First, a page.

Adrienne Rich’s first poem in The Paris Review was “The Snow Queen,” which appeared in the magazine’s second issue (Summer 1953). Her last, “Itinerary,” was published this spring in our two-hundredth. Rich was twenty-three when she wrote “The Snow Queen,” but she had already been discovered. Her first book, A Change of World, was chosen by W. H. Auden for the Yale Younger Poets prize in 1951. Rich’s early work is formally impeccable, its ideas and idioms rooted in the poetry of Yeats and Stevens (“The Snow Queen” can be read as a variation on Stevens’s “The Snow Man”). But Rich quickly moved beyond her early style. She found its virtuosity too prim, too imitative—“exercises in style,” as she once put it. In her early thirties, she was already looking back at her accomplishments and measuring their limitations. “Necessities of Life,” the title poem of her 1966 collection, was first published in The Paris Review as “Thirty-Three” (Winter-Spring, 1964), which was Rich’s age when she wrote it. It is a poem of retrospection and prophecy. It begins,
Piece by piece I seem
to re-enter the world: I first began
a small, fixed dot, still see
that old myself, a dark blue thumbtack
pushed into the scene,
a hard little head protruding
from the pointillist’s buzz and bloom.
after a time the dot
begins to ooze. Certain heats
“The pointillist’s buzz and bloom” is still Stevensian, but the oozing and heat—here signaling the onset of adolescence—are heralds of Rich’s mature poetry. Her great work of the sixties and seventies, the period in which she came out as a lesbian and a radical feminist, are poems of Eros. Not merely eroticism, though there is plenty of that—and it is important—but a poetry of passionate relation and reinvention. It is also a poetry that values plainspokenness over rhetorical expertise. “Now and again to name / over the bare necessities,” as she instructs herself in “Necessities of Life.”
Like many readers of my age, I first found Rich’s poetry on the bookshelves of my parents and their friends (one of our friends was her literary agent, another radical feminist, Frances Goldin). I read the poems, I now think, because they hinted at what my parents’ life was like before I was born—what it was really like, rather than what they were then willing to tell me. Two of Rich’s great subjects were modern marriage—chiefly its failures, frustrations, and betrayals—and childrearing. I do not think any poet then or since, including Plath, has written about these things with such acuity and ruthlessness and sometimes rage. The tableaux of “Night-Pieces: For a Child,” in which mother and newborn are implicated in each other’s nightmares, tear away all pieties:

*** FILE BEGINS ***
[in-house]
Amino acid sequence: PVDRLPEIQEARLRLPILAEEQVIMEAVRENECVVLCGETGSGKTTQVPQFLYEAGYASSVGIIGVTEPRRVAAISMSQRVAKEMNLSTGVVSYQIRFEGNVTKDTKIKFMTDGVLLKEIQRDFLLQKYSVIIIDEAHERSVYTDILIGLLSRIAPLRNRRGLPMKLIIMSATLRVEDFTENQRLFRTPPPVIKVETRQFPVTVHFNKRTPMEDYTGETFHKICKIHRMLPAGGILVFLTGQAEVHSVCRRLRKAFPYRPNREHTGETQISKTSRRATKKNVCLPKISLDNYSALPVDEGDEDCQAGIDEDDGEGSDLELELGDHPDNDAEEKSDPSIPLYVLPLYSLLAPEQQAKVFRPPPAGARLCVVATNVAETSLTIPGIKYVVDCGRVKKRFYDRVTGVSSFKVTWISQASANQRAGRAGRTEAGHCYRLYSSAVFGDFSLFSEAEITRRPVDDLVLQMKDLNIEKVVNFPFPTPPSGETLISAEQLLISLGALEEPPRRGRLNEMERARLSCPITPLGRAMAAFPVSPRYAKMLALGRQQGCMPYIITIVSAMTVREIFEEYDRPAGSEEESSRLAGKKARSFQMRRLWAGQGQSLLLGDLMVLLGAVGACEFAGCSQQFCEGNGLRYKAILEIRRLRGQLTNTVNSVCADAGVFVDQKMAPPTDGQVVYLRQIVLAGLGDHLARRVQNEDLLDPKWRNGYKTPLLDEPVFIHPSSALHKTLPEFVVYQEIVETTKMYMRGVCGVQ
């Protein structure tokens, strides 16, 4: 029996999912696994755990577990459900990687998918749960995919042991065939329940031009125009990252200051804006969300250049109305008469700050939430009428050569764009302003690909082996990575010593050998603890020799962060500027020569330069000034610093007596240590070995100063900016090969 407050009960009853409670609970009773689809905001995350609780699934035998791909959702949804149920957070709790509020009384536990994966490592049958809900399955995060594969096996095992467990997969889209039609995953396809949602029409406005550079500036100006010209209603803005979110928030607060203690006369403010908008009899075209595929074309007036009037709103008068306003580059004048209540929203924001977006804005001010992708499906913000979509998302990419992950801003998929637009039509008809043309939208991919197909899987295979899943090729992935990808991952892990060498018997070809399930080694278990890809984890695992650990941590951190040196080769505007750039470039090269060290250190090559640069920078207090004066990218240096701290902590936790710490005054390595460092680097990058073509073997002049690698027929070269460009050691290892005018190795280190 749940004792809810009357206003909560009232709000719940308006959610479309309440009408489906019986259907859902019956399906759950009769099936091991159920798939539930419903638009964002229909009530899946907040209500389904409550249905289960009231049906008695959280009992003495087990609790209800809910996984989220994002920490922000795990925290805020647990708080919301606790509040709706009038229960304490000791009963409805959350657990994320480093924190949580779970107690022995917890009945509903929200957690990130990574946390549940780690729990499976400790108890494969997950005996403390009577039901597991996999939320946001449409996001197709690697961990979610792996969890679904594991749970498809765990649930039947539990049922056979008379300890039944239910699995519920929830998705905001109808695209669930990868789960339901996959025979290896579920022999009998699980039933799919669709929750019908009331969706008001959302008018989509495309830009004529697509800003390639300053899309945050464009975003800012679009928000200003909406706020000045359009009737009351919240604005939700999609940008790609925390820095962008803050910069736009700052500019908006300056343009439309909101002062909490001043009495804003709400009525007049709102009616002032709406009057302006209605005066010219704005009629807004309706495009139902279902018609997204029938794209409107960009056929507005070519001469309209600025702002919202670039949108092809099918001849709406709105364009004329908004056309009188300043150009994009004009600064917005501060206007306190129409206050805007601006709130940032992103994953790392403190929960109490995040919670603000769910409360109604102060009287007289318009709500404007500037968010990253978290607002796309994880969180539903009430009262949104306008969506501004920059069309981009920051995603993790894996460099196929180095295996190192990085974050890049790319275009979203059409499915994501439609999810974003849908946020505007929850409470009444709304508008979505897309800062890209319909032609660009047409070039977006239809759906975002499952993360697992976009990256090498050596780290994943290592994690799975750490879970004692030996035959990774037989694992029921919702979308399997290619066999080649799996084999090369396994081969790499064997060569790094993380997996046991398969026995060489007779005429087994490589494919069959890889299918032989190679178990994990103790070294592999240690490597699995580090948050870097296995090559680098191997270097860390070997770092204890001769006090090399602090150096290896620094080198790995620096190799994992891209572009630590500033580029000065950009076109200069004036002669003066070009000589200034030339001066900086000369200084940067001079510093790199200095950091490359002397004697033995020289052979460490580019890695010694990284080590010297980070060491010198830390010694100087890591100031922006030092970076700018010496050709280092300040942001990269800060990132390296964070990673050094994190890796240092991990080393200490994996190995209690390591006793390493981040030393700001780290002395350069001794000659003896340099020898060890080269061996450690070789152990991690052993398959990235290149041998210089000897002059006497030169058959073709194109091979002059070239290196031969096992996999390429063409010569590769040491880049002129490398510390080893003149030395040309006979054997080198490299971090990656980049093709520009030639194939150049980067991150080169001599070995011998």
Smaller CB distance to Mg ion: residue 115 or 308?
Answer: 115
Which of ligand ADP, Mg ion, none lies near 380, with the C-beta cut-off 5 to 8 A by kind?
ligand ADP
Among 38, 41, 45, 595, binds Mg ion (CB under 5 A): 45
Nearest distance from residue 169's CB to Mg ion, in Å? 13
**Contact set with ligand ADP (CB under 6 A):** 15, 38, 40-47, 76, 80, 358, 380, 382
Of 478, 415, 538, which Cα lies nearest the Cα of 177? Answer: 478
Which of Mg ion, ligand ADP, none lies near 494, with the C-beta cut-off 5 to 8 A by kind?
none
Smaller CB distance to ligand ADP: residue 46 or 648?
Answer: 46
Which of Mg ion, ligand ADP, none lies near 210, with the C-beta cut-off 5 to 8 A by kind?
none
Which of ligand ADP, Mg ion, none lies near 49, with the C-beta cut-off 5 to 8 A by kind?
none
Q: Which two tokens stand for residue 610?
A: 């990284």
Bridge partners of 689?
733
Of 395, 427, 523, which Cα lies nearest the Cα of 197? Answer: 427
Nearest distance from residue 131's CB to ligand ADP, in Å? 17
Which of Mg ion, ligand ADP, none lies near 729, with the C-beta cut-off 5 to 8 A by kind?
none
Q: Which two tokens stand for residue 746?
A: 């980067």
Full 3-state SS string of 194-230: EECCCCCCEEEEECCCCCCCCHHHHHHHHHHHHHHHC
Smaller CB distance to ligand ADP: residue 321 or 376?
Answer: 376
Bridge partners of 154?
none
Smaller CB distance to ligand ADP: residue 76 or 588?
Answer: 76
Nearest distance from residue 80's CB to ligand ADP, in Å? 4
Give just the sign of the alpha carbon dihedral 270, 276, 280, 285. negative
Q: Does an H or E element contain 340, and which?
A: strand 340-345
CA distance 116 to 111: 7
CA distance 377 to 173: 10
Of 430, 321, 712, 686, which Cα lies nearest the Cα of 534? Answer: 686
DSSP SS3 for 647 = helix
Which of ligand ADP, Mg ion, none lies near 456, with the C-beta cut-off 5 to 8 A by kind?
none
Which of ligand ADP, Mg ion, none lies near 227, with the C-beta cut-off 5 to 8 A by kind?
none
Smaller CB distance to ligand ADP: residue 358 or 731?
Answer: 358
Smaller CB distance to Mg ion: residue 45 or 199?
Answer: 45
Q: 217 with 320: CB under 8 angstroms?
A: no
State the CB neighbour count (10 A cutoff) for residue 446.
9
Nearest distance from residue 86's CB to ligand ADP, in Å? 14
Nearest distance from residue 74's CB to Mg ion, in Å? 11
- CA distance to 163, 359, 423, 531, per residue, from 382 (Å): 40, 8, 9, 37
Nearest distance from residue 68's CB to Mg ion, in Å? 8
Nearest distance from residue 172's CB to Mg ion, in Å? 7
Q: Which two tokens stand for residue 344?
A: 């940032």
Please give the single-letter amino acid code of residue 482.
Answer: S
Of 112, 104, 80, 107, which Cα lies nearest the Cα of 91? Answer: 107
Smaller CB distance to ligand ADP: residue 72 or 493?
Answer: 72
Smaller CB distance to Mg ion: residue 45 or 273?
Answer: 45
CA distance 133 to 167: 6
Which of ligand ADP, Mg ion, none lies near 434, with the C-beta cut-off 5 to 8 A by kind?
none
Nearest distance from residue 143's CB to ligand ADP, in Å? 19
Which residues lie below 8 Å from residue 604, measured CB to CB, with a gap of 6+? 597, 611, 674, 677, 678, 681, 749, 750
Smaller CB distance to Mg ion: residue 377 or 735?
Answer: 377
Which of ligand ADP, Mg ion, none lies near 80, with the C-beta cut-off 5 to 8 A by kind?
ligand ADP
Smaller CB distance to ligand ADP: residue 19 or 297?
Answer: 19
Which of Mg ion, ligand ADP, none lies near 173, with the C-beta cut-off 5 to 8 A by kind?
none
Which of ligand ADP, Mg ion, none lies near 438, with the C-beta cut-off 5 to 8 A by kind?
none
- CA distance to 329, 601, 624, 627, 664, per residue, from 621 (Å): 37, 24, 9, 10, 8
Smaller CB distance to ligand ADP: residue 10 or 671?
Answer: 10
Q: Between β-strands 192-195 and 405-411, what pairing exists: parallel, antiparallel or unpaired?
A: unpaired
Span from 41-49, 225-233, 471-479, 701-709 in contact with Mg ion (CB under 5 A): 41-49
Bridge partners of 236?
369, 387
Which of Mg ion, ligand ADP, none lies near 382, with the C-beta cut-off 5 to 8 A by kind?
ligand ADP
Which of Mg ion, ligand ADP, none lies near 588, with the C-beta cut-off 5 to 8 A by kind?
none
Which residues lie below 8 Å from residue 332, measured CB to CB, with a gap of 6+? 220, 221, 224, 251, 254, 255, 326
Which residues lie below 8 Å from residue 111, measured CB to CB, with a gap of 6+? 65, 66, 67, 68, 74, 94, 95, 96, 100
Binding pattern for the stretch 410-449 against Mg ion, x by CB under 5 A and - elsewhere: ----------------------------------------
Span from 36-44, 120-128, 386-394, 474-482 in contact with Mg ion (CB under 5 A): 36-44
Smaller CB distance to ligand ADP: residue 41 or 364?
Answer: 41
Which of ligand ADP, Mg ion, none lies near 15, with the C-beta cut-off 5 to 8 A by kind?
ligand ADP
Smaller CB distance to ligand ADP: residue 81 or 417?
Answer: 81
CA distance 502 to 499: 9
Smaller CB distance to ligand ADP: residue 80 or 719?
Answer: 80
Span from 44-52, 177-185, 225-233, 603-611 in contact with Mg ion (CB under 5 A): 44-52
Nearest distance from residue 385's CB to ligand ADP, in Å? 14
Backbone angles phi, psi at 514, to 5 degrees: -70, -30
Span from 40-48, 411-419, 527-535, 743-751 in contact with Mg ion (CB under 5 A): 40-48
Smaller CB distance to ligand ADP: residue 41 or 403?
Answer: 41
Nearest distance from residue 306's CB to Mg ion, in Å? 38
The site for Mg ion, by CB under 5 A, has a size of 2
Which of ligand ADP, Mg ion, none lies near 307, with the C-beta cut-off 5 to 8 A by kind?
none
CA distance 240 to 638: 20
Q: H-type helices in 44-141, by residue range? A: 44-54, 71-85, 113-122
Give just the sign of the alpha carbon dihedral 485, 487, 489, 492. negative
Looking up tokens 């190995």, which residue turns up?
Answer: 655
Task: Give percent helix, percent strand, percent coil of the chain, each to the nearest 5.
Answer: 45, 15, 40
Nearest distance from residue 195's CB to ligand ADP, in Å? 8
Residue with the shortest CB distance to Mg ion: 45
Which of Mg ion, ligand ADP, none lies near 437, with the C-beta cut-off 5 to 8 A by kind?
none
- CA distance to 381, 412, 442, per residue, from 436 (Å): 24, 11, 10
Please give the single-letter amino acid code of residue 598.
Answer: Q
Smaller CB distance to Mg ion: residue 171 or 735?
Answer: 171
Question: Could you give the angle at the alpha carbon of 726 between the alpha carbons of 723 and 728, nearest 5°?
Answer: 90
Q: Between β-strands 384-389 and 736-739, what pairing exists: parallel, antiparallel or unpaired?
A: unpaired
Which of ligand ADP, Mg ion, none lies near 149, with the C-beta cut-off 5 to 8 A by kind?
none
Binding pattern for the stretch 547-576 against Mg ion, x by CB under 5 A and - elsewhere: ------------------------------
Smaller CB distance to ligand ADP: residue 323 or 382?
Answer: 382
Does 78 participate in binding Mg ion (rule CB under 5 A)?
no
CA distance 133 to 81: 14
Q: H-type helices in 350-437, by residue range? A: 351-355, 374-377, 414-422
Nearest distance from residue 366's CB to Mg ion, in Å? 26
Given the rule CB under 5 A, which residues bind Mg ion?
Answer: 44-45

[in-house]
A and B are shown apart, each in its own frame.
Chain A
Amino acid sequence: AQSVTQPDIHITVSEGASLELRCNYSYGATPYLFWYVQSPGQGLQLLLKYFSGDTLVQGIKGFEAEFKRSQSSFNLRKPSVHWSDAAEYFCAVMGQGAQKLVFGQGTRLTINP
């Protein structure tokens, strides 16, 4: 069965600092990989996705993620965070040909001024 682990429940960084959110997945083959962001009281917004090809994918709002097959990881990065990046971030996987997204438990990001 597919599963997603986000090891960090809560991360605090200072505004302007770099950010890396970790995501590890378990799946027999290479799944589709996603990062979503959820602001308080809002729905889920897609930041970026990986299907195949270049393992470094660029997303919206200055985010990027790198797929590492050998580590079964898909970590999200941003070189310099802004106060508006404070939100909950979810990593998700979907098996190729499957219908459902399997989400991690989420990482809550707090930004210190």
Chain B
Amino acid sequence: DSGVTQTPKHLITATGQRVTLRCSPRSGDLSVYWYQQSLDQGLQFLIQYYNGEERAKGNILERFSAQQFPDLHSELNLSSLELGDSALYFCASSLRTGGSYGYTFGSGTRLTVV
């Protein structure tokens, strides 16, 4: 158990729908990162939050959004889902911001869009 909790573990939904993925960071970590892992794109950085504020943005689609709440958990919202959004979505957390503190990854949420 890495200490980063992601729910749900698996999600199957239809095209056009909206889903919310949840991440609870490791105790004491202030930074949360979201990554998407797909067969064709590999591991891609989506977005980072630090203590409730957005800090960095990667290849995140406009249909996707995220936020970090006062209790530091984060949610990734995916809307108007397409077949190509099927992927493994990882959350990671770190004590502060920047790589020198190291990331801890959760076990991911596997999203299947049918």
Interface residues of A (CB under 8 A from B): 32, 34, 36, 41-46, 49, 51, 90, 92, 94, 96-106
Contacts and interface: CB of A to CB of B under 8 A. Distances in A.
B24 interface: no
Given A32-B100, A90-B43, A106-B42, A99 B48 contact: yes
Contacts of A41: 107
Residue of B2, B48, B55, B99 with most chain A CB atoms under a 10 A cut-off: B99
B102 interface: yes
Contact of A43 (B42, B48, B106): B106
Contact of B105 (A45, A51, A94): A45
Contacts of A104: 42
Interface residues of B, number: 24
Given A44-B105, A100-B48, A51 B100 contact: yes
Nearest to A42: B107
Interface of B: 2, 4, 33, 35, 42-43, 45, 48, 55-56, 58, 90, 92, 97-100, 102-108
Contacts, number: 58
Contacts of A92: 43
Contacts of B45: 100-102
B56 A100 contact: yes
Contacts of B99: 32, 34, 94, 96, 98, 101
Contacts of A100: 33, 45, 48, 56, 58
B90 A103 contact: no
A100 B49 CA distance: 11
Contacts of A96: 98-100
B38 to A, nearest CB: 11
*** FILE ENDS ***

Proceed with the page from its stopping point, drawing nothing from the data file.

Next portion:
Tonight I jerk astart in a dark
Hourless as Hiroshima,
Almost hearing you breathe
In a cot three doors away.
… you and I—
swaddled in a dumb dark
old as sickheartedness,
modern as pure annihilation—
we drift in ignorance.
New York is another of Rich’s great subjects. She lived in the city, on and off, from 1966 to 1979. The city of those days—the good old bad days, with their open political and racial conflicts, antiwar protests, and labor strikes—seems far away now, though when I first read the poems it felt very close. Rich later wrote powerful poems about environmental degradation, evoking what she called “the old / indigenous map landscape / before conquerors horizon ownless.” But she had already learned to study the nostalgias while living in the city (as who does not). “Like This Together,” one of her portraits of a marriage in crisis, gives this picture of New York, as true today as when she wrote it in 1963:
They’re tearing down, tearing up
this city, block by block.
rooms cut in half
hang like flayed carcasses,
their old roses in rags,
famous streets have forgotten
where they were going. Only
a fact could be so dreamlike.
Rich’s later poetry is especially full of allusions to her earlier work, which it revises and sometimes corrects. Life does not turn on points or sudden conversions, she once wrote, but “moves / in loops by switchbacks loosely strung / around the swelling of one hillside toward another.” “Itinerary,” her poem in the current issue, shares its title with a poem from her first collection. The earlier work opens with this stanza: “The guidebooks play deception; oceans are / A property of mind. All maps are fiction, / All travelers come to separate frontiers.” Poems of exploration, of women setting off into the unknown, would become one of Rich’s most fruitful themes. It is reprised at the outset of her second “Itinerary”: “Burnt by lightening nevertheless / she’ll walk this terra infinita // lashes singed on her third eye / searching definite shadows for an indefinite future.” The poem doesn’t suggest a goal for this adventure, but rather a way of being, an attitude of openness and intelligent vulnerability. It allowed Rich to write the poems of her moment, to see and to celebrate what many would prefer not to notice:
In a physical world the great poverty would be
To live insensate shuttered against the fresh
slash of urine on a wall
low-tidal rumor of a river’s yellowed mouth
a tumor-ridden face asleep on a subway train